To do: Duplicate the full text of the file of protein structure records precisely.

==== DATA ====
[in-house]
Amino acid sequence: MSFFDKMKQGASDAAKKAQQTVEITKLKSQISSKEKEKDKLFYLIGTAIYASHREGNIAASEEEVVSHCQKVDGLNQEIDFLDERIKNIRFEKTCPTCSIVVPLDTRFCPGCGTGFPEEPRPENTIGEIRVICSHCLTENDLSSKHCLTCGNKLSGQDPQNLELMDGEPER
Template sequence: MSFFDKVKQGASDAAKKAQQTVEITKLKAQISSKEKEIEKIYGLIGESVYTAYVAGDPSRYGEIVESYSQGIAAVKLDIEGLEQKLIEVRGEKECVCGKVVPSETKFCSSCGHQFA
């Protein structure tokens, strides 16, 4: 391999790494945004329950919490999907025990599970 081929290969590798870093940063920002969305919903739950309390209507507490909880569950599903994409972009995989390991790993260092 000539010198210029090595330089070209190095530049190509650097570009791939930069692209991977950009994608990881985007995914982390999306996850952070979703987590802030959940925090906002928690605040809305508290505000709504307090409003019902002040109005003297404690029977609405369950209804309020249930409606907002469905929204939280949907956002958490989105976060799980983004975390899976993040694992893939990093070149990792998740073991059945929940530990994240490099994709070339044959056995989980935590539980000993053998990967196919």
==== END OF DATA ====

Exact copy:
[in-house]
Amino acid sequence: MSFFDKMKQGASDAAKKAQQTVEITKLKSQISSKEKEKDKLFYLIGTAIYASHREGNIAASEEEVVSHCQKVDGLNQEIDFLDERIKNIRFEKTCPTCSIVVPLDTRFCPGCGTGFPEEPRPENTIGEIRVICSHCLTENDLSSKHCLTCGNKLSGQDPQNLELMDGEPER
Template sequence: MSFFDKVKQGASDAAKKAQQTVEITKLKAQISSKEKEIEKIYGLIGESVYTAYVAGDPSRYGEIVESYSQGIAAVKLDIEGLEQKLIEVRGEKECVCGKVVPSETKFCSSCGHQFA
């Protein structure tokens, strides 16, 4: 391999790494945004329950919490999907025990599970 081929290969590798870093940063920002969305919903739950309390209507507490909880569950599903994409972009995989390991790993260092 000539010198210029090595330089070209190095530049190509650097570009791939930069692209991977950009994608990881985007995914982390999306996850952070979703987590802030959940925090906002928690605040809305508290505000709504307090409003019902002040109005003297404690029977609405369950209804309020249930409606907002469905929204939280949907956002958490989105976060799980983004975390899976993040694992893939990093070149990792998740073991059945929940530990994240490099994709070339044959056995989980935590539980000993053998990967196919």